Now wrapping this little story up, and once again, it seemed like we waited forever for it to start (the season) and here it is all over (the regular season). It just goes way too fast. So the real point of this story, you see, is to make sure that this year′s team, this year’s Tribe, realizes just how much we love them and how much we loved — and love – watching them play; yeah, just how much we love the 2010 Redskins. So now I hope they’ll know how we feel; and I hope they won’t ever forget that this year, this season, they were our guys and that for all time they’ll always be “Our boys of fall”.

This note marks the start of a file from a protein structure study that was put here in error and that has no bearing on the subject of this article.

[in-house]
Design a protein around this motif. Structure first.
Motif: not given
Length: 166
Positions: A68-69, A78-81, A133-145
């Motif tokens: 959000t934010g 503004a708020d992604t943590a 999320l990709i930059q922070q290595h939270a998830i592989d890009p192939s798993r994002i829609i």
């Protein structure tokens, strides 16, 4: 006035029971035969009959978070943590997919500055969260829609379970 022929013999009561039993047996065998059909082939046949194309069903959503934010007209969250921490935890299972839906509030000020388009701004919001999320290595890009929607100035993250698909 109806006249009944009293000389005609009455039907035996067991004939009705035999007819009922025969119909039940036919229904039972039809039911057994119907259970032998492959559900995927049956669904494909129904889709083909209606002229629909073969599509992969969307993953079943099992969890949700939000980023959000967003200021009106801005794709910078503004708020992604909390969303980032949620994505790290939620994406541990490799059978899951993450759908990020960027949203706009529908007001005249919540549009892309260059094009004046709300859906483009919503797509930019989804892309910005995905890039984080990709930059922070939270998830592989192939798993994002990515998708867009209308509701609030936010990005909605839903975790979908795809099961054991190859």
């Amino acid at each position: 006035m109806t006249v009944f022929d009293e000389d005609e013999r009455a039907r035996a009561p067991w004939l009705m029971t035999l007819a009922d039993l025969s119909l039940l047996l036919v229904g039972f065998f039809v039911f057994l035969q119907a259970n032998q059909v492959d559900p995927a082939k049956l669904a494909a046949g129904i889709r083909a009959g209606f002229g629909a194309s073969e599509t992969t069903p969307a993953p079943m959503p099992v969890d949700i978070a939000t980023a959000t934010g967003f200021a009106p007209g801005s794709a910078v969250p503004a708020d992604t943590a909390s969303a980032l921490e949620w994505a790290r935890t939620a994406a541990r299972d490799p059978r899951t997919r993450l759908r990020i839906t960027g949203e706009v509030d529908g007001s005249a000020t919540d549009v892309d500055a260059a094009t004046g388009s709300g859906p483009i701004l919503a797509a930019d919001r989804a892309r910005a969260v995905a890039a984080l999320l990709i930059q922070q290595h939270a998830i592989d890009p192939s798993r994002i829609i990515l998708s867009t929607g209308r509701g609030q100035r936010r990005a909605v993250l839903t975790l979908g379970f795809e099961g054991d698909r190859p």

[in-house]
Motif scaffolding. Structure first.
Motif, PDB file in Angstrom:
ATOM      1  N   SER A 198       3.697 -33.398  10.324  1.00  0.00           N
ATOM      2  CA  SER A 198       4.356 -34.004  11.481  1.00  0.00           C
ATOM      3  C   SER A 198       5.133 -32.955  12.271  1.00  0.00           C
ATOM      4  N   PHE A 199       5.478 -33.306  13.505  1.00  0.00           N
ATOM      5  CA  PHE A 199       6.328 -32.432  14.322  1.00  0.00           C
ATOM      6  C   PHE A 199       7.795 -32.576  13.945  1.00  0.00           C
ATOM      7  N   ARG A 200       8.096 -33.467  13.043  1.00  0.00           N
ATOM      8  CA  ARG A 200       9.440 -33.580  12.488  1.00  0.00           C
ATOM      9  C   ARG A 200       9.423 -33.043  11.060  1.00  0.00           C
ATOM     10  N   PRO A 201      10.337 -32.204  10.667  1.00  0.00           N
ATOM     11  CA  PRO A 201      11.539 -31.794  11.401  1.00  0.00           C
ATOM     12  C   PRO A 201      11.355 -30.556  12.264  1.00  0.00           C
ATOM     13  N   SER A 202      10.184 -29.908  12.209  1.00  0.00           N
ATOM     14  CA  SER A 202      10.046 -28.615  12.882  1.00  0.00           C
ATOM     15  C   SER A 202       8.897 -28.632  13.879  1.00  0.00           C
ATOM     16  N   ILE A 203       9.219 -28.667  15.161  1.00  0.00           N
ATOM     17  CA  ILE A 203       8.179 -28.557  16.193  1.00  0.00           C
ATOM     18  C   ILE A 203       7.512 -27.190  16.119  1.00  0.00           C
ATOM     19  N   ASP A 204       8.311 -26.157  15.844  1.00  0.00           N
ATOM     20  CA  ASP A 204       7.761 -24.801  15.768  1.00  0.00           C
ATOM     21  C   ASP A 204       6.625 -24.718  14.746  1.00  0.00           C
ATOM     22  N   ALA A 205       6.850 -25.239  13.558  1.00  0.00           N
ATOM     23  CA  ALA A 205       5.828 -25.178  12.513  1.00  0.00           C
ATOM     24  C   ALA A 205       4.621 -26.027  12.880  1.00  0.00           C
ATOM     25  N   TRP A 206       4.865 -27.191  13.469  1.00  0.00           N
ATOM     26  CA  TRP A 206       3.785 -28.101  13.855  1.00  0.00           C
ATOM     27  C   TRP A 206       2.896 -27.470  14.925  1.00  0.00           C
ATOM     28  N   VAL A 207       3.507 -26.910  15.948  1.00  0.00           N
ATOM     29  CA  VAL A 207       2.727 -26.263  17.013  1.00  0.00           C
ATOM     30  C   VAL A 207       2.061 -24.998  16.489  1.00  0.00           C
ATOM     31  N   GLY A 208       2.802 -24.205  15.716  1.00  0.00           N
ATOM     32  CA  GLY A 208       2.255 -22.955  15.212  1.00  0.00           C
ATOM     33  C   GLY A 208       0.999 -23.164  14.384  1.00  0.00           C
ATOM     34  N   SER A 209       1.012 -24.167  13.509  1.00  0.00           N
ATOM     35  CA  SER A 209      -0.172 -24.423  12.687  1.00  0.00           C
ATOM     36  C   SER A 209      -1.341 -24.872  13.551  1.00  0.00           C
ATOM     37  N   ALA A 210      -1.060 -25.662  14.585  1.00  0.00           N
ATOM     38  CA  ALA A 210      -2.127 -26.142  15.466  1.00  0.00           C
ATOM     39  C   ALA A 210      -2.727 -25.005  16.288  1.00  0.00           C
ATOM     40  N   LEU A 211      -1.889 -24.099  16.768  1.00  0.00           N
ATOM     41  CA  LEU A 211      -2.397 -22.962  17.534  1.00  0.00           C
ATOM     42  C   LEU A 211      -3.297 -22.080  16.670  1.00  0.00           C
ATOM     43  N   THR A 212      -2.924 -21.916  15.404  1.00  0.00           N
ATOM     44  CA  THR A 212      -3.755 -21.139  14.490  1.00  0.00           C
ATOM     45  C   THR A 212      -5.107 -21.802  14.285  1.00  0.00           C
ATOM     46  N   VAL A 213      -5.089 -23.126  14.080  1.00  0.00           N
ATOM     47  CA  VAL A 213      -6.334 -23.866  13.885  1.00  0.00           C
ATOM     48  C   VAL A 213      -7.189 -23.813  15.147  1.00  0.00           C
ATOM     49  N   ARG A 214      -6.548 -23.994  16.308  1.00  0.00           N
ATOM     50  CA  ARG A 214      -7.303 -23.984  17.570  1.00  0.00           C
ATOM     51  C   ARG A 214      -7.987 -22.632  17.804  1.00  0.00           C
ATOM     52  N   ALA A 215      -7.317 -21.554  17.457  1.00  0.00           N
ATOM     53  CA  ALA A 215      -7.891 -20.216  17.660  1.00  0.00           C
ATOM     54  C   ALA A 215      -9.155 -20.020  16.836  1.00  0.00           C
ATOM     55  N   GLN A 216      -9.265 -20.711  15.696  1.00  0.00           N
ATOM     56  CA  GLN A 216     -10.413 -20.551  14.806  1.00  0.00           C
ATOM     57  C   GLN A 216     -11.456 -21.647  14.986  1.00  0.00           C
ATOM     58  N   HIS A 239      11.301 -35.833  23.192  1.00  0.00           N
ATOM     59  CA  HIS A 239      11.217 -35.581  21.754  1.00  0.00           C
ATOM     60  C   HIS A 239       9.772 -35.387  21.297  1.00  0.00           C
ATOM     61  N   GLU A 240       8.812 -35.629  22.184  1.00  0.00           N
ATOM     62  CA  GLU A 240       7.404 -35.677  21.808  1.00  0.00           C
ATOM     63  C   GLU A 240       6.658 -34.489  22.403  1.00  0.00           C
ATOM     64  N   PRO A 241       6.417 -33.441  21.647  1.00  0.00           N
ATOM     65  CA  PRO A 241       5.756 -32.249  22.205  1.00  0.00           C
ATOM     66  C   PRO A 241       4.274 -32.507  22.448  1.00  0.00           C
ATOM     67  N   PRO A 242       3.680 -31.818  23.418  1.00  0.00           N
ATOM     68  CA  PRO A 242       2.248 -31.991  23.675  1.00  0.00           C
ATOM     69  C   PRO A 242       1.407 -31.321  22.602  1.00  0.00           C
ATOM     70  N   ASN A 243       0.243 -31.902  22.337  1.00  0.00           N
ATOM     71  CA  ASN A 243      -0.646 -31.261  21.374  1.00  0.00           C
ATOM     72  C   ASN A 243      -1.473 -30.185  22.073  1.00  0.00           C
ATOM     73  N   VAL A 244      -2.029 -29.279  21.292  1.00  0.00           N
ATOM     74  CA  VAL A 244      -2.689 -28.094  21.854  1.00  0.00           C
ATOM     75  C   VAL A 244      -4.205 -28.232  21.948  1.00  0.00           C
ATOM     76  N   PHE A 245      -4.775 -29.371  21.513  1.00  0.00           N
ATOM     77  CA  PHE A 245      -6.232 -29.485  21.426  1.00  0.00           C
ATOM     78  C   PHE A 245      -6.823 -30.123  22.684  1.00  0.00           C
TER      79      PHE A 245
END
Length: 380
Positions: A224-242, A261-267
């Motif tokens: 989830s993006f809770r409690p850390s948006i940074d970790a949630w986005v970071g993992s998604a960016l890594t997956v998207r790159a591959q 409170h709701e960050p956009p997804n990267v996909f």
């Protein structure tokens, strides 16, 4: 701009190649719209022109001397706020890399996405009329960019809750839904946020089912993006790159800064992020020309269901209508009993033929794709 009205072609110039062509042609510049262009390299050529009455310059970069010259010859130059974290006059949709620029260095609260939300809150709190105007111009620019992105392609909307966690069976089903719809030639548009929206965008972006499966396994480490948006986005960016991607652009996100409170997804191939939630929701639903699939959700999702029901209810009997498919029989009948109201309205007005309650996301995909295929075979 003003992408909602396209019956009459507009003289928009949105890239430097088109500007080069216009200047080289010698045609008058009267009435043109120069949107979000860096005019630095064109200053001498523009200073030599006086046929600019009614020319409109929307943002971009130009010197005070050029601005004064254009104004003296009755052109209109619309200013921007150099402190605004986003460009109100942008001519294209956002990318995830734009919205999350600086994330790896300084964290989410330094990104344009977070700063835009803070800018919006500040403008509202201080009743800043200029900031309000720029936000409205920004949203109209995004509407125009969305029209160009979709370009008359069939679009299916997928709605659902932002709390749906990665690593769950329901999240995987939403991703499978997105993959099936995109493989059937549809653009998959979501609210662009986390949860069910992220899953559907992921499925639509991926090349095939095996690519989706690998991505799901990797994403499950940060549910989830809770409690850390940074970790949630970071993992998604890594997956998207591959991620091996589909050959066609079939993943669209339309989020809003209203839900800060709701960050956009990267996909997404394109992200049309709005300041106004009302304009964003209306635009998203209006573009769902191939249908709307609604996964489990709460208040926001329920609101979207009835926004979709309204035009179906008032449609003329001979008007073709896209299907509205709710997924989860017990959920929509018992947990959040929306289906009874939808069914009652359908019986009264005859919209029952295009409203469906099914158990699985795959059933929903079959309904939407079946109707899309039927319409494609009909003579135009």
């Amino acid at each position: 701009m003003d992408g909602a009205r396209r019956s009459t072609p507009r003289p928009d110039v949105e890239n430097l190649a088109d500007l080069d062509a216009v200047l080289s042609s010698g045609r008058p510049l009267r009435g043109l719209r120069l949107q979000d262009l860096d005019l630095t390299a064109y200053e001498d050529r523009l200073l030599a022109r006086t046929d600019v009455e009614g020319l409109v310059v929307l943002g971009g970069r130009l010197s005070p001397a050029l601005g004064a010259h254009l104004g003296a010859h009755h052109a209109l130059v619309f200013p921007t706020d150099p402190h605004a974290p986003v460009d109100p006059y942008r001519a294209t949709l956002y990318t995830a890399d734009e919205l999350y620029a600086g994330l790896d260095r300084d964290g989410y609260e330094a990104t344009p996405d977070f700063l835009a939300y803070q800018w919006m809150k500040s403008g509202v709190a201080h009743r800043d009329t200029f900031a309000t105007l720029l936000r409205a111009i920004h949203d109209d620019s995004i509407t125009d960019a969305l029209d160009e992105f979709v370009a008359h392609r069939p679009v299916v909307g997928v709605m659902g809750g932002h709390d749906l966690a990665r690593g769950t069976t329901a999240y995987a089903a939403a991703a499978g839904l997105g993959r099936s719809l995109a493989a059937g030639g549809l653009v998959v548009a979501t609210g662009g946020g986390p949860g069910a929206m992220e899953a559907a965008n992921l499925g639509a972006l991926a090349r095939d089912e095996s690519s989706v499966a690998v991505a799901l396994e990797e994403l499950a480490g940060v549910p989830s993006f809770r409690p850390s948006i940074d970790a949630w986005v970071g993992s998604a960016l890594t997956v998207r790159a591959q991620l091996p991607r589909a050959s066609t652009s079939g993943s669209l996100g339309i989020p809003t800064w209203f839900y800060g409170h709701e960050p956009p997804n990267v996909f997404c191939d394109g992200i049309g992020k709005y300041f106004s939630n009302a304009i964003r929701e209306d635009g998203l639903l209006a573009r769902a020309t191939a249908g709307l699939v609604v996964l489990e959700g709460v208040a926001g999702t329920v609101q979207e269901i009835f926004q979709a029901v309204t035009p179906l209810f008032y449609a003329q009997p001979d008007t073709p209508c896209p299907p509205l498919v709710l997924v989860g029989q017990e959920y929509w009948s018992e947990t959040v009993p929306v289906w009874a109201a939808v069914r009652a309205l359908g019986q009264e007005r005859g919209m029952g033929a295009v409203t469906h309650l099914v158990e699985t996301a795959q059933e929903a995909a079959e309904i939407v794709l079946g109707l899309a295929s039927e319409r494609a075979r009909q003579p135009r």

And now to you players; enjoy the remainder of your year. Get out there during this second season and give it 100% on every play. Don’t save a thing for tomorrow; make your legacy – this is your time to shine, right here and now. So grab hold and don’t let go.
Now get out there and show us what you got. Go get ’em Redskins, go get ’em!
The quest for accuracy!
A few weeks back it seems the whole world was all in a tizzy as the ‘Skins were apparently one game away from 500 wins (as they are right now with the win over Pennsbury putting them at 499). But just when the champagne was put on ice in preparation for the party, the gang at Neshaminy Football dot com put the brakes on the celebration as it seems there was a math error (and that there were but 497 wins and not 499). Well, we caught a little good natured ribbing about that so I thought I better do “some splainin” (I believe that’s what Ricky used to “request” of Lucy when she had caused another mess).